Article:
Escalating the American bravado, New York City is one of the most influential and acclaimed cities within the States, let alone the world (“mmwhaahaha”).  New York City, for dance, is the mecca in the field and when Parsons Dance travels overseas, people associate our American, New York company as the cream of the crop.  (And we have fingers crossed and toes pointed our A-game hits the mark.)  The United States and New York City allegiance insinuates ambition and drive.  We put our noses to the grindstone and get the work done because of the deep-seeded adage, “If you put in the time, you will reap the rewards of success.”

 

When I talk to people from other countries and tell them, “I am here from New York,” I see their face light up and their eyes widen as they respond with an enthusiastic “wow”  – welcoming enthusiasm and generally a handful of questions, not necessarily originating from a place of envy, but wonderment at the least.  Going to the corner café for a morning espresso in Italy, the baristi would love to hear details of New York life to get a sense of what it actually was like from the mouth of a native and poke fun at a good old New York accent.  Additionally, in a matter of 10 minutes of shopping in the old village of Seoul, myself and fellow dancer Elena got stopped by two different and unrelated groups of high school students with their iPhones zoomed in on our faces to eagerly record our responses to questions on the Korean life, curious to hear the outsiders’ perspective.  

 

So bottom-line, when a New York based dance company comes all the way to Italy or Korea we have their attention, and people come out to the theatre with pleasure to see the presumed top notch athleticism and artistry.  

 

 

 

Second fat assumption:  America applauds independence which subtly lessens our connections with others and our value of in-person connections.  Cultures that value in-person connections are more willing to see a performance of live in-person connections, aka dance.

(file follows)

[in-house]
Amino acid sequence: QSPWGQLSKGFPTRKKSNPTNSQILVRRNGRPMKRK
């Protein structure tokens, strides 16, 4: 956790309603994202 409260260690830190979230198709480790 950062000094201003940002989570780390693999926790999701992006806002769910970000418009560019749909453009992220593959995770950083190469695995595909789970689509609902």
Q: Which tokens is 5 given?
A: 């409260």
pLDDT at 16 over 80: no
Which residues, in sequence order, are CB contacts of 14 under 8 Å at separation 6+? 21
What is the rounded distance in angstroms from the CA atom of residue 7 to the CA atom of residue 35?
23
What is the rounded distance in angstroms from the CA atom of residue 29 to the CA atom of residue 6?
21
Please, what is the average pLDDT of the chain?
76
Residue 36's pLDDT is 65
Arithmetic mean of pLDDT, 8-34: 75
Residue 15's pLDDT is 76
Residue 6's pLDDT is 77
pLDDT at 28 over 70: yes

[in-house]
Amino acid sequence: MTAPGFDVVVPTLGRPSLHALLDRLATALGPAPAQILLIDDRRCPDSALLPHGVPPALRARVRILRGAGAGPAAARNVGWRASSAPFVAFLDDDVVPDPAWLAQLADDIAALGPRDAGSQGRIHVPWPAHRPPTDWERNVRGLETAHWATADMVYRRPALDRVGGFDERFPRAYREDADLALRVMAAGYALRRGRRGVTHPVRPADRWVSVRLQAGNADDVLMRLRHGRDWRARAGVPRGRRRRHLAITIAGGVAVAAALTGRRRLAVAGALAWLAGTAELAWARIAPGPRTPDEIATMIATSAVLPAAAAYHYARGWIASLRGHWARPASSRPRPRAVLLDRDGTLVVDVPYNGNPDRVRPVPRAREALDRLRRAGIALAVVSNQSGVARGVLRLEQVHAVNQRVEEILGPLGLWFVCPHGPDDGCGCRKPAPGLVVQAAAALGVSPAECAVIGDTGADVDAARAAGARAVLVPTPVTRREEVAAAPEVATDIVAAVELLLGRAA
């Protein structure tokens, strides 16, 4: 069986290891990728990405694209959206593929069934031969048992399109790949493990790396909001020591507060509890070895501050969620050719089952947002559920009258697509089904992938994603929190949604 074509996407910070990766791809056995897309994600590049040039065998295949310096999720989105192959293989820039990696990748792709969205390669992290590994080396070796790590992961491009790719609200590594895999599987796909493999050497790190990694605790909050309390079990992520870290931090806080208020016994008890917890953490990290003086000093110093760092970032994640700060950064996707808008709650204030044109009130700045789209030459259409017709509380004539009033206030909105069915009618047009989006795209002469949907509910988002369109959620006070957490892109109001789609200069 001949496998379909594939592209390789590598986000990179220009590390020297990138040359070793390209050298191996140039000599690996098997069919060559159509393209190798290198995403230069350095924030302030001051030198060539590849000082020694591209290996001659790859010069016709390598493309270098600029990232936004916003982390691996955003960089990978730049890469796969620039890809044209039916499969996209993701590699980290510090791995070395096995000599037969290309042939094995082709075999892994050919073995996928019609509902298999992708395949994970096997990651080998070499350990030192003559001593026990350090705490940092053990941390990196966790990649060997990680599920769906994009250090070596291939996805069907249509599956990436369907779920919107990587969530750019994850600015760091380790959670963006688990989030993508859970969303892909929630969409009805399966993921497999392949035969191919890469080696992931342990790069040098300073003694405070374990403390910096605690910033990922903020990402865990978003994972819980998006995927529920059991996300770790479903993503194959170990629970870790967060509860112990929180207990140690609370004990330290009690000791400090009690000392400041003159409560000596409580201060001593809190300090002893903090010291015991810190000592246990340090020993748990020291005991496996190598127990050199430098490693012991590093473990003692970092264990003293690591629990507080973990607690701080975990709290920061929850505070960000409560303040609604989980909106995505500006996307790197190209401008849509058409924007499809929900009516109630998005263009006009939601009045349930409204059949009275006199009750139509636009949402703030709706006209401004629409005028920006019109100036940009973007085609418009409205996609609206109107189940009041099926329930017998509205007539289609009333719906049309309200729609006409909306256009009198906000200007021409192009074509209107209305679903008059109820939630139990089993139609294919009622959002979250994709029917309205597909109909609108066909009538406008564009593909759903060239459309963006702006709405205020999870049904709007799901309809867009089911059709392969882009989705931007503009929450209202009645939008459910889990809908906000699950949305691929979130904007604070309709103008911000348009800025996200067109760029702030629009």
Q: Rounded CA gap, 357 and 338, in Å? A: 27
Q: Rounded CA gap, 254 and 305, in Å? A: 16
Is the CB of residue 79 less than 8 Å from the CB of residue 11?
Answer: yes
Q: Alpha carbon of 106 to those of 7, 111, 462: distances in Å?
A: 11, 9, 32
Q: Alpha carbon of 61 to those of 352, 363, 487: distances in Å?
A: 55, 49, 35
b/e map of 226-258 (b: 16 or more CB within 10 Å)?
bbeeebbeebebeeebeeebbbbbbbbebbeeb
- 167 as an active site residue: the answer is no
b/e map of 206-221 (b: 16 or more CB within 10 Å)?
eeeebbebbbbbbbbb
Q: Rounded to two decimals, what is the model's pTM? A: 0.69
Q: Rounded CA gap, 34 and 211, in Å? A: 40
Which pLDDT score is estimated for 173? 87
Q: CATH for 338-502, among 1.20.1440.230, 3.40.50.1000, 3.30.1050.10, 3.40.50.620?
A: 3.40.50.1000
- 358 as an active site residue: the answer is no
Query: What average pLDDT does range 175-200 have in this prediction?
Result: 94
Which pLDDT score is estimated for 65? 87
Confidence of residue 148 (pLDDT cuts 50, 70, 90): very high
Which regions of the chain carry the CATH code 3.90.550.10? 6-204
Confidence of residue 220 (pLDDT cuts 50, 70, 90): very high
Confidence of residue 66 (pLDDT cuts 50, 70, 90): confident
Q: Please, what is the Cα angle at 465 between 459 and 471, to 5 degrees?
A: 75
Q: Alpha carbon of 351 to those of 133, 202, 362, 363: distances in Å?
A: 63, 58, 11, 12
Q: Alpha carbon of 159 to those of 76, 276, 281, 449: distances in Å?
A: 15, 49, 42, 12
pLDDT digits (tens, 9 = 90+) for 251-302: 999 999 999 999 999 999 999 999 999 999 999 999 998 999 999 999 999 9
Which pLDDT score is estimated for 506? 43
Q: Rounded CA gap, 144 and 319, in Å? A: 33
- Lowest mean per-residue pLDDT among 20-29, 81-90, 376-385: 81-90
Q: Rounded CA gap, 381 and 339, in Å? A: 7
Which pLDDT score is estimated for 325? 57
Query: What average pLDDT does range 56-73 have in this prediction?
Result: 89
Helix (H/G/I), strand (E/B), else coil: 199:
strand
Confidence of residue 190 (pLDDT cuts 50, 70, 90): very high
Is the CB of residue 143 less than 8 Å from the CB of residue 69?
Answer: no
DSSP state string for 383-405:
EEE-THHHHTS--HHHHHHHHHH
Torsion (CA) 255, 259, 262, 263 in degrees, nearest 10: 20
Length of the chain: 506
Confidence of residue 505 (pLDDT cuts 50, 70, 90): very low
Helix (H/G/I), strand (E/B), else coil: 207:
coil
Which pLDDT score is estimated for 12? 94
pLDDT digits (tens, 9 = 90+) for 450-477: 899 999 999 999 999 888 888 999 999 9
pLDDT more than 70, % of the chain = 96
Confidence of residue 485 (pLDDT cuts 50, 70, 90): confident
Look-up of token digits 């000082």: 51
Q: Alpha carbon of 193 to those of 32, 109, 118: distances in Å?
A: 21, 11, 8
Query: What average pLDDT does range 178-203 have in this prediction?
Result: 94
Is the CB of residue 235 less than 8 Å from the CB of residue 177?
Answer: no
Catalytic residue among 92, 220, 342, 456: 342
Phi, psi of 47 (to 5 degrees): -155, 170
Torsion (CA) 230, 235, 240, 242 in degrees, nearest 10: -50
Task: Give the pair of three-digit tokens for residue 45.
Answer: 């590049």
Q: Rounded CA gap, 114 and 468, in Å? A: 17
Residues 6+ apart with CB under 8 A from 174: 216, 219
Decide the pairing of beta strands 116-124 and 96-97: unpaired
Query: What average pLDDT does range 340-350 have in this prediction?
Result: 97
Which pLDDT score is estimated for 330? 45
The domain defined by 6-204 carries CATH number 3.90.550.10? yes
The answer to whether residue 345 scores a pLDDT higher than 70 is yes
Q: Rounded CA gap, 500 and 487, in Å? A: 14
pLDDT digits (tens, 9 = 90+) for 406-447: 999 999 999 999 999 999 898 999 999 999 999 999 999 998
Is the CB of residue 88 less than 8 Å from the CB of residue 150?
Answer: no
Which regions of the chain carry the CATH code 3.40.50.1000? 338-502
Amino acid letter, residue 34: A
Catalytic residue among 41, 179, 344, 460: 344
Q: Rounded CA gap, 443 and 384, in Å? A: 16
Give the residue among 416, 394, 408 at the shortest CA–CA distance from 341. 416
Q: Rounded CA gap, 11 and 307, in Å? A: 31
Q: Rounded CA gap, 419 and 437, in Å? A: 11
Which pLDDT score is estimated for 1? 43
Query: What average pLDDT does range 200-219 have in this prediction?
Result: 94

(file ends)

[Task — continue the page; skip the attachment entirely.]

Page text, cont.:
Connections and in-person relationships with one another resonates subconsciously to our value of live art.  Seeing people perform in front of us carries more intimacy and a realness nonexistent through a square screen of an iPad.   A society that places predominance on community and spending quality face-time with one another fosters a people more readily interested in seeing and appreciating live performance.  How we relate to one another is established primarily through our cultural structures of family and the workplace.  

 

Here in the States we love our independence.  Living on our own and providing for ourselves is a marker of true adulthood.  Think of the unnecessary stigma associated to living with our parents in our young adult life.  I’m reminded of my parents commenting to me after college, “Chrissy, you can always come back home while you get yourself a bit more stable.”  And my thoughts were a screaming, “Heck no!”  I took pride in immediately living away from my family as a young and fully functioning (most of the time…) adult (most of the time…).  The thought of moving back home after college made my skin crawl, and not because my family was complicated or challenging in ways beyond normal (they were, and are, complicated and challenging in too many ways to count for sure, but all in all, more than lovely), but because I was determined to be successful on my own.